The Daily Journal from Fergus Falls, Minnesota on June 8, 1976 · Page 1
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The Daily Journal from Fergus Falls, Minnesota · Page 1

Fergus Falls, Minnesota
Issue Date:
Tuesday, June 8, 1976
Page 1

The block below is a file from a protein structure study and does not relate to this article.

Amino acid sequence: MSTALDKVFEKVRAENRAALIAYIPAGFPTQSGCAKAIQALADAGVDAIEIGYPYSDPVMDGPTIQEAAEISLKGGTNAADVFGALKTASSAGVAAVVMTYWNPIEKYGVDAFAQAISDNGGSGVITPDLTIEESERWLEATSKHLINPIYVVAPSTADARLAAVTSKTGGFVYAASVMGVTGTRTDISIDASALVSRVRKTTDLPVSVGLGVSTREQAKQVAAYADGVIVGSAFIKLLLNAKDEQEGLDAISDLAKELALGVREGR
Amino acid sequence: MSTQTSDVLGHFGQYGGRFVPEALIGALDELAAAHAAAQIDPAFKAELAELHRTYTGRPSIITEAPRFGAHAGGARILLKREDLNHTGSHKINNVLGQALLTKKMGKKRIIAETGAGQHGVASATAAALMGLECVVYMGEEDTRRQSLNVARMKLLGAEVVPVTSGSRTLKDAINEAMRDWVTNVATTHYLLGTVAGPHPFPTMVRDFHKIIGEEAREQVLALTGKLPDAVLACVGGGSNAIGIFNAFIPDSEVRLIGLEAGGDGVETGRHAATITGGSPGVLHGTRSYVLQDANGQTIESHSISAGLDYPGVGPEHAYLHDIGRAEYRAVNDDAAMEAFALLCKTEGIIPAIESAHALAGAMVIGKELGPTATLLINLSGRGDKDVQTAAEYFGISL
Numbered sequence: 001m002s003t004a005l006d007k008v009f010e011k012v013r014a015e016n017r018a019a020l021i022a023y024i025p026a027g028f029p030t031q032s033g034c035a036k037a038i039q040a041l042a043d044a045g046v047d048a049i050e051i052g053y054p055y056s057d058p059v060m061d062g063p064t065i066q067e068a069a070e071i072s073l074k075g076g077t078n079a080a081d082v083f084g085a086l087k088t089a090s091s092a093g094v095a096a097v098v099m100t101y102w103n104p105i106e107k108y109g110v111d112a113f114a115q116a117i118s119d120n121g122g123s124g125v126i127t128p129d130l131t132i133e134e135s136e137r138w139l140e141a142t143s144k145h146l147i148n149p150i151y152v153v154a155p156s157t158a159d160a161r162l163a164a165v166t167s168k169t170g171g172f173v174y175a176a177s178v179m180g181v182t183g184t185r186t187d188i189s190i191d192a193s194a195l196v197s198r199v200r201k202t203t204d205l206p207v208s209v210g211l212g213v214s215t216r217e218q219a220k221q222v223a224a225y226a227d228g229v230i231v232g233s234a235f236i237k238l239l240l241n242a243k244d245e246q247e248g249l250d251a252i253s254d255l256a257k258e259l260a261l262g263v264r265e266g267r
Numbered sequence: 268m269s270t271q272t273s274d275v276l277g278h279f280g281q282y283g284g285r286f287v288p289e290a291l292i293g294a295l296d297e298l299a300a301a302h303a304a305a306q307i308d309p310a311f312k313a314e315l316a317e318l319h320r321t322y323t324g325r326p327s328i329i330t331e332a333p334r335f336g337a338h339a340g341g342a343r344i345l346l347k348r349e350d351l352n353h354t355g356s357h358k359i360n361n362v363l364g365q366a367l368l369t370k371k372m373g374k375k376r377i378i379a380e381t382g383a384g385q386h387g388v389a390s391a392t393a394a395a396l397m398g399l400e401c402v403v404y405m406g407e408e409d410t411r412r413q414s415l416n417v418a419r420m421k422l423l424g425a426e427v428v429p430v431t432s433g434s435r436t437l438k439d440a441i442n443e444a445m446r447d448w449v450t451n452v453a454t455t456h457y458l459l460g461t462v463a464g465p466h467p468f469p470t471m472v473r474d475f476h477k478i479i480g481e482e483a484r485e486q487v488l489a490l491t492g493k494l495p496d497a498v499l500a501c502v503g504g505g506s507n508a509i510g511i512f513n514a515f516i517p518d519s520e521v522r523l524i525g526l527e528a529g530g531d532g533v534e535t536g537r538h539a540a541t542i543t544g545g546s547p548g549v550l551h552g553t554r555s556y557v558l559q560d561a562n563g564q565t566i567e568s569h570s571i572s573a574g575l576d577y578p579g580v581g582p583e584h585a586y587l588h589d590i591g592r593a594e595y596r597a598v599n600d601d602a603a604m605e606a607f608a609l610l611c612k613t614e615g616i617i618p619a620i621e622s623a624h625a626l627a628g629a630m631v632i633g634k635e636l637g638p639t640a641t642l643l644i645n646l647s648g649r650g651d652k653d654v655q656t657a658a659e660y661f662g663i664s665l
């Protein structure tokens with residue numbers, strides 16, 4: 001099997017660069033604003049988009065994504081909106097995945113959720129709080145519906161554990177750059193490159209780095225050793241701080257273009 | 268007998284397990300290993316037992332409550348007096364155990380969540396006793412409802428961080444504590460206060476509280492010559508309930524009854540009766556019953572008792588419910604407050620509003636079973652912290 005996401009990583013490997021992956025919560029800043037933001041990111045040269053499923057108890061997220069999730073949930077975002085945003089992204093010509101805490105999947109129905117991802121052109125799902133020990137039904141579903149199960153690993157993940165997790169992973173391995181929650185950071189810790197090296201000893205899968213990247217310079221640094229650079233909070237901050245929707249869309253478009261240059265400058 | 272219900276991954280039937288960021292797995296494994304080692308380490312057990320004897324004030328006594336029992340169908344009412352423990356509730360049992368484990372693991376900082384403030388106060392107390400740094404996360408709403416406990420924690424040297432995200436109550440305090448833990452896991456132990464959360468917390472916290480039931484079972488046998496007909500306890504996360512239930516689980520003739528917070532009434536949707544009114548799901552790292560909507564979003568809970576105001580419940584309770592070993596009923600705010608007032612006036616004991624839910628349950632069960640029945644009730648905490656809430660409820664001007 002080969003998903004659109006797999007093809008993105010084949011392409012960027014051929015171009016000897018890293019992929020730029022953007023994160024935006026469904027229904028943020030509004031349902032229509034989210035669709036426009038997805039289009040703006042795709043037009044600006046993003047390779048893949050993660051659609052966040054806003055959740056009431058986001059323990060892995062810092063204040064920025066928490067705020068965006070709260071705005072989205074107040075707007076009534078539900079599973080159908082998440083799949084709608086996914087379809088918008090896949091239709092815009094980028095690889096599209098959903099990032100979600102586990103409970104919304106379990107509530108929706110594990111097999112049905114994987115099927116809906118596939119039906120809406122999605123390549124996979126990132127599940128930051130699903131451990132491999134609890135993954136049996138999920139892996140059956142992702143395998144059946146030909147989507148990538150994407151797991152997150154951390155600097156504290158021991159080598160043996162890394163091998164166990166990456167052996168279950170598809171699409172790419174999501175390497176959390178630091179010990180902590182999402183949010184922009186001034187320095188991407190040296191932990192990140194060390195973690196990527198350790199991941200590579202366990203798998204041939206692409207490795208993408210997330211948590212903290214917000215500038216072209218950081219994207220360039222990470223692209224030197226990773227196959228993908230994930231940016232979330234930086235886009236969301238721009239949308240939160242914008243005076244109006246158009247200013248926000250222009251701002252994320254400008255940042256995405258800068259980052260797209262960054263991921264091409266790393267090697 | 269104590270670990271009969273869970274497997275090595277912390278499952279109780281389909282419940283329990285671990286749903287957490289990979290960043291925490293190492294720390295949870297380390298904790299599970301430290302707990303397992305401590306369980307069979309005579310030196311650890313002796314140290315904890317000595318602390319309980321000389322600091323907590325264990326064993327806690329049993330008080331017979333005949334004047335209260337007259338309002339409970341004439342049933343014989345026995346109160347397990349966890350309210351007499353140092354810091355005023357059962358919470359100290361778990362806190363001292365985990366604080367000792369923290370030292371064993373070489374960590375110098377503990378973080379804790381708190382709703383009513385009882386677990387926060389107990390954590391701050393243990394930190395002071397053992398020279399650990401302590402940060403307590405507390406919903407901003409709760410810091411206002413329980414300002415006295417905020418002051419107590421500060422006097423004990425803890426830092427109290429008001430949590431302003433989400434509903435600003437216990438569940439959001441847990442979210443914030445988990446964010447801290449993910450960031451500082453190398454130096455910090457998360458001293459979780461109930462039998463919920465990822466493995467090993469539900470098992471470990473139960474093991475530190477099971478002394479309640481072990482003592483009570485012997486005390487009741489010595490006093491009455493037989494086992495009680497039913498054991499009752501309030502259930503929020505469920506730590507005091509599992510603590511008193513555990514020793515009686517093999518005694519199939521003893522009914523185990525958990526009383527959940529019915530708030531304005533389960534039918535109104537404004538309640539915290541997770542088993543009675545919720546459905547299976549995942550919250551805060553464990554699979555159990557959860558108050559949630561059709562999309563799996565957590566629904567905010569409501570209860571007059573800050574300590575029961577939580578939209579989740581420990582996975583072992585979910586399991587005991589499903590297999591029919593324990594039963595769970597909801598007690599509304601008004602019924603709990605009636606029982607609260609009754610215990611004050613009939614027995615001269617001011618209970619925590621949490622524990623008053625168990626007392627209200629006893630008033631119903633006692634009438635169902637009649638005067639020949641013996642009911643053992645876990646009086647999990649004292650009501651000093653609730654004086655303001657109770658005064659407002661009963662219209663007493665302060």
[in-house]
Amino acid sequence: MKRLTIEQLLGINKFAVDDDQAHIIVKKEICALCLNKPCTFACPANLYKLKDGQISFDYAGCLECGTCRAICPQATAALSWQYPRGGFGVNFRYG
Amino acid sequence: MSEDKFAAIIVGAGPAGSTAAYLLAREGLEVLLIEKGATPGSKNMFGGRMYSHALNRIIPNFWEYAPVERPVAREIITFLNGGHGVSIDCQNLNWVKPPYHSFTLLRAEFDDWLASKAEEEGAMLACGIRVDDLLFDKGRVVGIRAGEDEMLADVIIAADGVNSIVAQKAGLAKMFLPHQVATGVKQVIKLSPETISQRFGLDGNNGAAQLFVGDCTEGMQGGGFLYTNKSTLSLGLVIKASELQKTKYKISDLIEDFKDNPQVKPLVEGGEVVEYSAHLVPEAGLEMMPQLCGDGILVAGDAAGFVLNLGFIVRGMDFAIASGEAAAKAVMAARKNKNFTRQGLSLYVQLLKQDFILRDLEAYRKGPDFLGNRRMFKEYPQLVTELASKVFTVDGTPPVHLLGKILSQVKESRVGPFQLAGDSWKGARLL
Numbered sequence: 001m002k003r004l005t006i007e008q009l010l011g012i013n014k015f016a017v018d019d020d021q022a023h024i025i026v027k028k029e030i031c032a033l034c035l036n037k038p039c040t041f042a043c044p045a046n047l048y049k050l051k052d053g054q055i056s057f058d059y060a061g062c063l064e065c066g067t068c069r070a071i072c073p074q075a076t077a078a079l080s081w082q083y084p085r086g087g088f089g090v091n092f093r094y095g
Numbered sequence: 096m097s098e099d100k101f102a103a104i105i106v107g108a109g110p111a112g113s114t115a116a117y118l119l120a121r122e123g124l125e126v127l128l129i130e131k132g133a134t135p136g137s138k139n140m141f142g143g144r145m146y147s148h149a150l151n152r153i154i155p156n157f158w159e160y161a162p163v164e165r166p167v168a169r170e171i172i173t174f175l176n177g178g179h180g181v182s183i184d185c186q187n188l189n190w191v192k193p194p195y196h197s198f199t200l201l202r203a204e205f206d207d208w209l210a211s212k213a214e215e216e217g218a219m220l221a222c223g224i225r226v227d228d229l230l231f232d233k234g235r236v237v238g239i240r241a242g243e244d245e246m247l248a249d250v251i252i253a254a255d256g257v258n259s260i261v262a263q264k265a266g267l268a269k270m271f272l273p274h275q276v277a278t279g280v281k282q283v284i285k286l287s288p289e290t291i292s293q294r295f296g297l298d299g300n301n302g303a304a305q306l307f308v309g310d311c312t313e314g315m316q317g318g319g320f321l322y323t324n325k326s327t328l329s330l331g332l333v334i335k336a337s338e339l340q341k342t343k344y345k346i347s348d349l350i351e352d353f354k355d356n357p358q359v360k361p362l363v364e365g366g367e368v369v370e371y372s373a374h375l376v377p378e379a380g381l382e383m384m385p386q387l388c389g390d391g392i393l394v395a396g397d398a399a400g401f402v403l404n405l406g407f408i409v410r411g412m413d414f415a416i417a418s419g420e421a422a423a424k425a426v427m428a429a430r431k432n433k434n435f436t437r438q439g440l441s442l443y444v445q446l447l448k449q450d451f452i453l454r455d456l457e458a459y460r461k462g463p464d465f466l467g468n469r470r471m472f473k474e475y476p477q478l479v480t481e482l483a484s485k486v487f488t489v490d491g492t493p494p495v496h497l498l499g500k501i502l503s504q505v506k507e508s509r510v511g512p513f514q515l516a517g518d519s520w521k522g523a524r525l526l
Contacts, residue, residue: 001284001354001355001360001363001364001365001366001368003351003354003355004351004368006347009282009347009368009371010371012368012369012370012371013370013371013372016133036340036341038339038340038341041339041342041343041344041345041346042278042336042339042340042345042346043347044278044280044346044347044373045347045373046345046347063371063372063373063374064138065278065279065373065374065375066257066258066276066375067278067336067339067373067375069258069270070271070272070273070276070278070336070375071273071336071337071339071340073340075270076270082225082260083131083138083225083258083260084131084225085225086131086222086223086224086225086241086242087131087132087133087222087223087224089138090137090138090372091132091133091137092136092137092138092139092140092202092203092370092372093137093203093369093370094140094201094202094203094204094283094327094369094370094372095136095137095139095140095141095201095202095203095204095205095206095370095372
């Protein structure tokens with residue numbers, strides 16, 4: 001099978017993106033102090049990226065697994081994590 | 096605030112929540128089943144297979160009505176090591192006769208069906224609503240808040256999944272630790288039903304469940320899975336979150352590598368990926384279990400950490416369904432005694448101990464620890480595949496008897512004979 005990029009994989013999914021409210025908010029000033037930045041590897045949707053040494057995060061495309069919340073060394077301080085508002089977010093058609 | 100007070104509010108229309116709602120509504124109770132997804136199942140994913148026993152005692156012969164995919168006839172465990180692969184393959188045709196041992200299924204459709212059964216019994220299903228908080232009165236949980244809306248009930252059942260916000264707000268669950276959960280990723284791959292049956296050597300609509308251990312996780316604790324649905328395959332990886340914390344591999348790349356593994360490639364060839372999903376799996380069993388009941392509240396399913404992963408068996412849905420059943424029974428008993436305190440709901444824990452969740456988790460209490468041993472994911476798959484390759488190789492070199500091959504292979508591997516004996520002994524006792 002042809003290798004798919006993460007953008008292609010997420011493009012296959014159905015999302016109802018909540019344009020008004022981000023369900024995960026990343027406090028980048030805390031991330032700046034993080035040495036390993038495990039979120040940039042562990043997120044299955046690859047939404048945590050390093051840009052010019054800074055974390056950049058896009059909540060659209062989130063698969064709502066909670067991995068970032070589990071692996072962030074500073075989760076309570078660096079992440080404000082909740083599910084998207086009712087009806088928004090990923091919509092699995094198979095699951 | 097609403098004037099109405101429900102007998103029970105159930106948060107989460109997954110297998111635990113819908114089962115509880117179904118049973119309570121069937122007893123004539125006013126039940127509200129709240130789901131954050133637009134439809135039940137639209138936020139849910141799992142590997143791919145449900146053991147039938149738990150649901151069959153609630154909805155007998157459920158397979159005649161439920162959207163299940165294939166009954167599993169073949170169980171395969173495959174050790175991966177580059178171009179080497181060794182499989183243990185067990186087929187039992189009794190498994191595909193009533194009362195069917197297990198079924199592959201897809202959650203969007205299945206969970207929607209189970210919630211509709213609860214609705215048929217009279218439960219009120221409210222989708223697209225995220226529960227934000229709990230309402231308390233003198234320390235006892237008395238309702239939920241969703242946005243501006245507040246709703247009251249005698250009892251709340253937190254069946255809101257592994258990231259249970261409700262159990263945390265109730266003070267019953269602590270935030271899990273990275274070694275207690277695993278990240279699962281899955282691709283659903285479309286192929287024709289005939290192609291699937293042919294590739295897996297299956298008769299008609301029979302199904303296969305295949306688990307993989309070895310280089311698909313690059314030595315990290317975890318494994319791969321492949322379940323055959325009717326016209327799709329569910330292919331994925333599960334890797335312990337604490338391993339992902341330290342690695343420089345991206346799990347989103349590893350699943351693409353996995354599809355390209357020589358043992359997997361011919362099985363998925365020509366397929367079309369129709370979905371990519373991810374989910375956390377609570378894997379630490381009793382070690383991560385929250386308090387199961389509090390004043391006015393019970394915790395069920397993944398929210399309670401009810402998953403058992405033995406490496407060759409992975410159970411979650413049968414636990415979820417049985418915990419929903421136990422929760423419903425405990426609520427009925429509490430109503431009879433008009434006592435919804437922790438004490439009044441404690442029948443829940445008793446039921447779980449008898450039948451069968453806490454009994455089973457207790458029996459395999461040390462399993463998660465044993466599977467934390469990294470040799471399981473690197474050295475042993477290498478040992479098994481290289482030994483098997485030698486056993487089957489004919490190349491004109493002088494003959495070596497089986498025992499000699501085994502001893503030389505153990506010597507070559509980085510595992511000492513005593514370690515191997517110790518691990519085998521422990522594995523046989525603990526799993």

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th ^DailiiJournal 103rd YEAR NO. 136 Primaries end today By WALTER K. HEARS bidding for 167 deletes in a AH Special Correspondent winnertake-all conlesl with the Voters in California, Ohio and President. Ford casts himself FERGUS FALLS, MINNESOTA54537 TUESDAY, JUNE 8, 1976 SINGLE COPY 15c Limited ramfa/l value esf/mafed ST.PAUL,Minn.{AP)-Hot temperatures and dry weather continue to diminish ihe prospects for normal 'small grain •crops in Minnesota Ihis year, Ihe National Weather Service (NWS) and the U.S. Department of Agriculture reported Monday. The weekly crop-weather report for the period ended Sunday said most of Minnesota has received 3 to 6 inches less precipitation than normal by this time of year. The southeastern quarter of Minnesota was reported in much better condition because of some good rains in May. The hot dry weather last week stunted growth of many crops and caused some crops to head prematurely at short heights, the report said. Some soybean fields in west central Minnesota may not be planted if moisture is not received soon, Ihe agriculture officials said. Temperatures were warm for the fourth straight week, averaging 9 degrees above normal in the northwestern half of Minnesota and 5 degrees above normal in the southeast. Topsoil moisture was reported short in most parts of the state. • One crop expert said at this point rain would be only "of limited value" to grains, but corn could still benefit some from rainfall. However, John Graff of the NWS in Miiineapolis said forecasters don't expect any rain in the near future in the southern four-fifths of Minnesota. Sen. Hubert H. Humphrey and Rep. Richard Nolan, both Minnesota Democrats, have appealed to Agriculture Secretary Earl Butz to send a team to survey drought damage in the state. Insurance will prevent some Minnesota farmers from losing their farms because of crop losses resulting from the drought, .but one official said there is no way insurance can recover lost profit. Will Dufresne, branch service chief of the local Federal Crop Insurance Corp., said farmers would be able to recover only the cost of mtney put into crops. POPULAR SWIMMING HOLE — When the temperature reached K yesterday youngsters thronged to the Otter Tail River near the Concord Street bridge to cool ofl. Antics included a water fight by Greg Crail, Russ Walz and Bryan Nelson. [Journal photos by Harley Oyloe) New Jersey cast Ihe (ina! ballots of Ihe nation's longest presidential primary season today in elections that could tell whether President Ford can be overtaken, and whether Jimmy Carler can be stopped. It was Ford against Ronald Reagan and Carter against three sets of Democratic opponents, for the biggest one-day delegate crop since I he pr ima ry voting began 15 weeks ago. All told, Democrats were selecting HO national convention delegates, Republicans 331. Ford entered the last set of primaries with 804 of the 1,130 delegates needed to win the Republican nomination. Reagan has 692 and there are 148 in the uncommitted column. Republicans will choose another 283 delegates in caucuses and state conventions, and that is where the competition will focus after today. Carter is far ahead of the Democratic field, and bids today for delegates to move himself beyond Ihe reach of the rivals who seek to stop him. He now has 509, with 1,5(6 ceeded for nomination. That is nearly three times his dosest challenger, Rep. Morris K. Udall, who has 307.5. There are 393.5 uncommitted Democratic delegates, and 141 to be chosen after the primaries. Today's balloting lines up this way: California Reagan, the former governor, is in his home territory, Public improvements, grants ok'd by council Beirut's communications cut NICOSIA, Cyprus (API Beirut radio reported street fighting in Sidon and raging battles east and north of Beirut between Syrian troops and Lebanese-Palestinian forces today, despite reports of a cease- fire. The leftist-controlled radio said Syrian tanks rumbled into Sidon, a port city 25 miles south of the capital, behind an artillery barrage and more tanks were closing in. Thebroadcastsaidlhe Syrian forces made a three-pronged attack on Sidon from Jeizine, a small town in the mountain 10 miles to the east. The Sidon population had prepared for the attack by erecting sandbag barricades in the streets, the radio said. Sidon, Lebanon's third largest city, is predominantly Moslem. Earlier broadcasts said a Syrian push toward Beirut was stopped by Lebanese leftist and Palestinian guerrilla forces at Sofar, a mountain town 15 miles east of the capital, for the second day. The radio claimed leftist forces knocked outthreeSyrian tanks at Sofar this morning. Communications with the Lebanese capital were cut Monday night and the city was It said a commission of Syr- without electricity after shells ians, Algerians and Lebanese knocked out power lines. Radio Beirut also reported vould be created to resolve the crisis caused by the invasion of fighting at an air base in rarth I^banon by 6,500 Syrian troops Lebanon, where the lefUst-Mos- in an attempt to end the 14- lem-guerrilla alliance was re- month-old civil war between Lebanese Moslems and Christians. The Fatah office said the Walker logs 4,192 miles MINNEAPOLIS (API - A are good people all over the young North Carolina man UnitcdStates."Johnsonadded. walking through the United Slates as his bicentennial contribution arrived in Minneapolis Monday and said his feet didn't hurl despite the 4,192 miles he's put on since Jan. 1. However, Mark Johnson, who began his walk in Maine, spent some time massaging his ankles during an interview. Johnson, 22, Ahoksie, N.C.. has walked through part of every state cast of the Mississippi River and all those stales bordering on the river. "Four miles is the shortest distance I've walked through any stile," Johnson said. "Thai was Wesl Virginia and I ale So far, he said, that's been Ihe case. He started the walk "without a dime" and is in the "same financial condition" now. Johnson has no sponsor for the trip. People in Ihe states Johnson has visited have been "just I Walker) rwitiniH-dim page 16 sisting a surrounding Syrian force. A broadcast charged thai the Lebanese Christians in their enclave to the north of the battle zone opened up with their artillery on the leftist Lebanese, and Palestinians.lo support the Syrians. The Christians welcomed the Syrian intervention because Syrian President Hafez Assad apparently is trying to establish a Christian-Moslem balance ol power in Lebanon and to prevent a radical leftist regime on his flank. A station in the Christian area reported fighting between I .ebanese Christian and Moslem forces "on all fronts." It said Beirut was without any electric power. The Syrian government radio continued to broadcast the report that the Syrians and their I-ebanese and Palestinian foes • agreed on a cease-fire that was to have laken effert Monday night. Radio Damascus said nothing about fighting today. The Algiers office of Al Fatah, Yasir Arafal's Palestine guerrilla organization, also reported a cease-fire agreement. Iruce would be supervised by I Beirut) Oinlinui'dmipagt'16 ByRUTHNORRlS City Editor Planning grants, revenue sharing funds, public improvements and an affirmative action program prepared by the Human Rights Commission were the main topics of discussion at the City Council meeting Monday night. Resignations were accepted from the Municipal Development District Committee by Otto Korp, chairman, and Ed Belka, but no replacement's were named. The committee will be asked to come up with its own suggestions. Its recommendations on proposals, along with those of the housing authority and planning commission, will be presented at the June 21 council meeting. A public hearing on revenue sharing fund designations produced only one request. Nan Frick asked the the local housing authority be allocated $3,400 in operating funds. That allocation was made. The remainder of the $39,584 left to be" designated was divided into two categories: $28,259 for completing riverbank acquisition and beautification at the Minnesota Motor parking lot site, and $8,000 for recruiting a new city administrator, including relocation expenses and hiring a consultant to do the recruiting if that becomes necessary. The affirmative action program presented by Ihe Human Rights Commission resulted from more than 360 hours of work by commissioners lone Lundeen, chairman; LaVerne Heine, John Kilde, Dianne Long and Laurie Sarkipato, Lundeen told the council. Lundeen defined affirmative action as "a set of procedures and policies that an agency, government jurisdiction or company adopts to assure that women and minorities are proportionately represented in all levels of thai entity's employment." The program includes a policy statement of non-discrimination, implementation guidelines, suggested personnel practices, analysis of present ' practices - and goals for the future. The program and a recommendation from the commission that it be increased from five to ten members were referred to the rules, legislation and license committee. Lundeen, who has been endorsed to run for Ihe state senate, then told the council she will not have time to continue on the commission. Her resignation was accepted and Don Broadwell, 425 W. Summit, was appointed to fill the vacancy. Now that the program has been prepared, the commission's function will be to assist in cases of possible discrimination and do research and studies, develop and present educational programs. City planner Karen May was authorized to apply for housing and transportation grants. The Minnesota Housing Finance Agency has made $252,000 available for housing rehabilitation grants in Otter Tail County, she explained, of which $100,000 should be the city of Fergus Falls' share. The funds would be in addition to a Department of Housing and Urban Development community development grant already set to enable a housing rehabilitation program, a nd would fi nance grants of up to $5,000 for low-income families to fix up their houses. May was also authorized to apply for $8,000 in mass transit planning grant money being held for Fergus Falls by the Minnesota Planning Agency's trans- I Council) Continued on page 16 On the inside two meals while I was there." Johnson said his Walk for Freedom is a "symbol of Ihe growth of a free nation from 13 colonies lo 50 states in 200 years." "I'm tryini! In piove there (Mi Ihe local scene. Page 3 Itenegaile theater presents as the underdog but adds: "I don't rule out the possibility that there could be a surprise." One Ford aide said a victory in California would be a miracle. The Republican campaign there escalated in the closing hours as Reagan responded bitterly to a Ford commercial suggesting Dial as President he could start a war. He called it divisive, low road campaigning. California Democrats were choosing 280 delegates, but they have discarded the winner- takeall rule, so Ihe home-state advantage of Gov. Edmund G. Brown Jr. won't give him a sweep. Carter expects to cut into the California delegation, which will be apportioned on the basis of Ihe popular vote in the slate's 43 congressional districts. Udall, Sen. Frank Church of Idaho, Gov. George C. Wallace of Alabama, former Sen. Fred R. Harris of Okal- homa and anti-aborlion candidate Ellen McCcrmack also are entered. The polls dose at 11 p.m. EOT. Ohio Ford is competing for 97 Republican delegates, unopposed for 24 of them. Reagan made a two-day swing to Ohio in hopes of cutting into the President's column. Ford wound up his primary campaigning Monday with a 288-mile motorcade through western Ohio. He said a Reagan ticket could lead Republicans to landslide defeat in November. Cro-ter, Udall and Church were the active Democratic campaigners for a primarv that will award 152 Democratic delegates. Udall said a Carler victory could make the former Georgia governor unstoppable. He assailed Carter as a "mystery man" who has concentrated on collecting delegates without declaring clear positions on the issues. Wallace, Sen. Henry M. Jackson of Washington, who has dropped from the campaign, and a small selection of, district favorite sons are the other Ohio entries. I Primaries) Continued on page 16 Collapse of dam probed IDAHO PALIS, Idaho (AP) — As the threat of more flooding from the collapsed Teton Dam subsides, government officials are looking for reasons for failure of Ihe earth-filled structure. One theory advanced Monday is lhal water seepage may have hastened the collapse of the recently completed dam. There was speculation, too, that a 1975 earthquake on the Idaho-Utah border could have damaged the dam, which is about 150 miles north of the tremor's epicenter. Seven people were confirmed dead in flooding along the Teton and Snake rivers that came after the dam broke Saturday, including one man who suffered a heart attack while preparing for flooding. The list of missing dropped to about three dozen as communications were restored and roads rebuilt. In Washington, Ihe House Interior and Insular Affairs Committee said it would investigate the collapse of the 307-foot-high dam, built for the U.S. Bureau of Reclamation at a cost of $55 million. One-ttiird oi the dam on Idaho's Teton River crumbled, releasing 80 billion gallons of water and causing damages esti- (Dam burst) The .Mikado." Are;i happenings. 1'age fi Since you asked. 1'age 7 "Ciioose Life" is ernsadc Ihrme. Page II CONCERT IN THF, PARK - The Fergus Falls Barbershop Chnnis directed by Gerhard Mcidt, the Eltxw Lakt choms directed hy Carlin Berg awl the Alexandria chorus directed by I«s Dahlin prrsmttd a special Bicentennial program list everiig io the N'.P. Park. Spectators gathered in Ihe park lo hear patriotic numbers sung in barbershop harmony. (Journal photo by Harley Oylocl Weather roundup Partly cloudy through Wednesday with chance of thunderstorms tonight and Wednesday. U«s lonight in upper 50s to lower 60s. Highs Wednesday in ihe 80s. Winds soulh lo southeast 5 to 15 miles per hour tonight. Chance of rain 30 percent tonight and Wednesday. High Monday 52 Overnight l«w 63 At S a.m. 73. Al Noon 91. Precipitation 24 hours ending 8 a.m. today, none. Te mpera lures One Ye ar A p> Maximum 69. Miniriuin "»